On a recent Sunday afternoon, Patrick deWitt’s desk was very neatly arranged. Maybe too neatly. …
I first met Tim Hicks in 2006, while attending graduate school at the University of Oregon. Hicks was a director of the Conflict Resolution program I was studying in and proved himself to be a valuable project advisor and something of a mentor to me. Invariably, we had many academic discussions during my tenure there, but if I’m being honest, I have to say what I can only recall from those conversations with Hicks is talking about novels. I recently caught up with Hicks on N. Mississippi Ave. after his reading of an excerpt from his first and newly published novel, Last Stop Before Tomorrow.
ELEVEN: How did this book come to be?
Tim Hicks: I’d been trying to write nonfiction on climate change for a few years and had been unable to find a satisfying voice. One morning, I sat down to write and out came the first section of Last Stop. I didn’t know who Jules was, or why, or who the narrator was, or why. Next morning, wrote the next section, then the third. Then realized that, to my surprise and without my intention, I was writing a novel about the issues I’d been trying to write about in nonfiction. I had no idea what the story was to be, who the characters would be, etc. I just kept following it along, one step, one section at a time.
It was about a third of the way through the book that I realized what the ending would be. It was not an ending I wanted but it was the ending that was going to happen. I just had to follow along with the story as it seemed compelled to be told.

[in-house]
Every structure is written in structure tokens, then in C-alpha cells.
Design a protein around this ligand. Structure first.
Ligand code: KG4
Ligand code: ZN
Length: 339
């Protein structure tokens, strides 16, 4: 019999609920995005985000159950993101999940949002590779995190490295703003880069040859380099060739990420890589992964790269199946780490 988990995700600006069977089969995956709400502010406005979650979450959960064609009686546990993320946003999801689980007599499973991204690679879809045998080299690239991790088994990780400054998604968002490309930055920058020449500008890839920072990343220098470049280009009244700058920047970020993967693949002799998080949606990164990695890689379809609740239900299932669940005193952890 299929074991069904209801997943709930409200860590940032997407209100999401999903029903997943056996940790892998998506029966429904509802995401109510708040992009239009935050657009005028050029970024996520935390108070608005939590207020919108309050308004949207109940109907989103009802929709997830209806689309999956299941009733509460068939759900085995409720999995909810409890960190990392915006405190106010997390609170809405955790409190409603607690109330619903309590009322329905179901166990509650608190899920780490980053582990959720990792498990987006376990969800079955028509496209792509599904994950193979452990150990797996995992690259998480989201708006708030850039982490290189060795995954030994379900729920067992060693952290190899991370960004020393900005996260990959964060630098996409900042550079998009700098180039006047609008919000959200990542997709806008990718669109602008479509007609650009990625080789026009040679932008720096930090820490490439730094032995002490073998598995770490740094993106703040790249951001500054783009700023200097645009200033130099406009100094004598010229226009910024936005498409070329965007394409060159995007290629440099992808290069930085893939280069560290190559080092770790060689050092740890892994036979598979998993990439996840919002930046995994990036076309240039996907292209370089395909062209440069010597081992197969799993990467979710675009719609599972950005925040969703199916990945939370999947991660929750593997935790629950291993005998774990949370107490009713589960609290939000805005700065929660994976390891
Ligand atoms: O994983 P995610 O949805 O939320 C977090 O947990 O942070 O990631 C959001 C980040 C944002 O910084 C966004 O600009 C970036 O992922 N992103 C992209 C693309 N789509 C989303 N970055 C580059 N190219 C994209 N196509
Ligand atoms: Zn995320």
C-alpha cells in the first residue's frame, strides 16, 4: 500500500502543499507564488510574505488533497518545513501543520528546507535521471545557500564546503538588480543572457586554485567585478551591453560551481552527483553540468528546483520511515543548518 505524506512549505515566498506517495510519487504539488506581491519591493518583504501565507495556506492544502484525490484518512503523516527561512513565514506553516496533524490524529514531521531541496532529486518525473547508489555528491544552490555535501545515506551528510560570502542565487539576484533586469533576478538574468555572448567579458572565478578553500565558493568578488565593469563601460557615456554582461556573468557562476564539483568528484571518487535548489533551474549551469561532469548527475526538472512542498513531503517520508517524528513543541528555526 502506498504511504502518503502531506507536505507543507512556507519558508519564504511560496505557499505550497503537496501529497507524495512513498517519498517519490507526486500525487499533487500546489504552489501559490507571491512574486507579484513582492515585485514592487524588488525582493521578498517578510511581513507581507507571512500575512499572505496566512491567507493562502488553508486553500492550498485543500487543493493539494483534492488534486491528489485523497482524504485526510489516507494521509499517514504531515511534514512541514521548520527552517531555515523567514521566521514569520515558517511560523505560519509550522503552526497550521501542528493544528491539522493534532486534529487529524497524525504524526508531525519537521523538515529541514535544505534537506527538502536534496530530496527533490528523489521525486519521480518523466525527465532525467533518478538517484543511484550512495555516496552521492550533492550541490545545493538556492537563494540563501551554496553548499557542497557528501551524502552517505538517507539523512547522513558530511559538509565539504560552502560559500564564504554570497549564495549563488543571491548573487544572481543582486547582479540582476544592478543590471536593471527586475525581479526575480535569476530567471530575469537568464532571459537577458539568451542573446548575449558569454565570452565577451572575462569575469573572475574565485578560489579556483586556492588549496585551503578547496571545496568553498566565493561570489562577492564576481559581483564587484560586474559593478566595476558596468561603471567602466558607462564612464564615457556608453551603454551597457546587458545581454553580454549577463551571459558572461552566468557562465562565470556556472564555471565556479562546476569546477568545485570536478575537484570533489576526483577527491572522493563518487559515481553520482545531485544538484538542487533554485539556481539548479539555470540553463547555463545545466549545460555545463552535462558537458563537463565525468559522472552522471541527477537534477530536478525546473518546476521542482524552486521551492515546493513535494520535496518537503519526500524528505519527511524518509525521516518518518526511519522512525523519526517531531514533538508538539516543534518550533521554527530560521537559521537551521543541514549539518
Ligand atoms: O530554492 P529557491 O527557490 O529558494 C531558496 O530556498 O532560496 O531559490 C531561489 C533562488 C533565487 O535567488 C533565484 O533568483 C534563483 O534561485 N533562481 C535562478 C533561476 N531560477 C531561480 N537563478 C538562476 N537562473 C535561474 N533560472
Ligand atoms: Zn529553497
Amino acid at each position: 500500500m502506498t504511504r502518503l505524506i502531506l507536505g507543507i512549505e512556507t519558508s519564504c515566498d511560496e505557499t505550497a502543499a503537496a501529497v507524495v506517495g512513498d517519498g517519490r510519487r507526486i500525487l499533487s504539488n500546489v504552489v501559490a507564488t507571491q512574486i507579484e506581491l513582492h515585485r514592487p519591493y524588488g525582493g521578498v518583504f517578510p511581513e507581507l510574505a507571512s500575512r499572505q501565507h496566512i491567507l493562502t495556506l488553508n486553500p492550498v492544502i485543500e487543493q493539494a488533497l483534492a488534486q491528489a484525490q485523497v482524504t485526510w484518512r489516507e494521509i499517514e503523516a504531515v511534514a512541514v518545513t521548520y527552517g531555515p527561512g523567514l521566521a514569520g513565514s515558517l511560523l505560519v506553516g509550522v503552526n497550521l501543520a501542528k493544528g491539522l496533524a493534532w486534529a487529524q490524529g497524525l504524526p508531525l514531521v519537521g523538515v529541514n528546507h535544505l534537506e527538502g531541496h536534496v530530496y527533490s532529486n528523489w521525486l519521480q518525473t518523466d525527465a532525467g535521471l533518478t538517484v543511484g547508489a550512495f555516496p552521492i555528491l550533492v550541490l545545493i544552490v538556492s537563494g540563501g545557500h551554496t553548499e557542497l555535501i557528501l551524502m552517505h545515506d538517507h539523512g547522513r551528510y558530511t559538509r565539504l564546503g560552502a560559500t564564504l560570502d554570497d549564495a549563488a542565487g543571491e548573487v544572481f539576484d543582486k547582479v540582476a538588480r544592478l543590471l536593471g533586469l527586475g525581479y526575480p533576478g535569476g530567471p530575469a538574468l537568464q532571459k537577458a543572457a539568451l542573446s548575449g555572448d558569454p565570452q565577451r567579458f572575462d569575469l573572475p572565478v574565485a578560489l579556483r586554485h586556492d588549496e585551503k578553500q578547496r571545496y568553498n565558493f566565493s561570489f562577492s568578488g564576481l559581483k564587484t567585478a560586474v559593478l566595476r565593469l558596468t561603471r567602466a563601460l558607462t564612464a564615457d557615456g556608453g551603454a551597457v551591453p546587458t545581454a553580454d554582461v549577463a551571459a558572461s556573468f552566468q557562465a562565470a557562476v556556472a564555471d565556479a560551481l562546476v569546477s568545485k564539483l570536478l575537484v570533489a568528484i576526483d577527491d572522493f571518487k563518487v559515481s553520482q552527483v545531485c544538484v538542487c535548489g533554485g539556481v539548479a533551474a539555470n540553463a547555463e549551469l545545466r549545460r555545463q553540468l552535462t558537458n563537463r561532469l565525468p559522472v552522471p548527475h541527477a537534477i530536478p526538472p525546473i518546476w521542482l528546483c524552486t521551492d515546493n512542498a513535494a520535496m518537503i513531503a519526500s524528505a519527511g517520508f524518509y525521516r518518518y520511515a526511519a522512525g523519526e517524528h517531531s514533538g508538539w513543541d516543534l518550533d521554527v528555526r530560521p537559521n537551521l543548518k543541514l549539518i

11: Your book is of course a work of fiction, but beyond that, I’m not sure of which other books to group it with– politics, current events, philosophy or natural history? Why so multi-disciplinary?
TH: Well, there is a lot of philosophy and a lot of history in it. It is so because the book is trying to look at the whole arc of human history from 50,000 years ago to our present predicament, so the various disciplines are naturally involved. And since the book is also dealing with our relationship with technology and our tool making, there’s also the natural history involved, and remember that philosophy and science were not separate to begin with. The political aspect is there because the book is also addressing the dilemmas we deal with in making group decisions at the social level, and therefore issues of power and control.
11: I found Sir Henry Percival McIntyre such a compelling character? Who was his inspiration?
TH: Mostly not inspired by one person, but bits of my father, and also a bit from my godfather who was a powerful NY lawyer who did a lot of international diplomacy stuff and who played piano with his wife on two grand pianos facing each other. But beyond those bits, just an invented character.
11: Art figures prominently in your book, what role does art play in relation to climate change?
TH: The connection is with our tool development, both art and technology are reflections of our creativity. As we mastered fire and made tools, we painted cave walls and constructed monoliths. We made tools to make art as well as to create safety and comfort. Both art and technology reflect and are manifestations of our aspirational natures. Maryanne is struck by the beauty of our technological explorations even as she is troubled by the unfolding story of technological development. Prometheus represents creativity as well as our source of fire as symbol of technological development and the management of heat in the transformation of matter into energy for our use. Maryanne loves the tools of art that she is surrounded by in Draw Your Own Conclusions, the art store where she has a day job.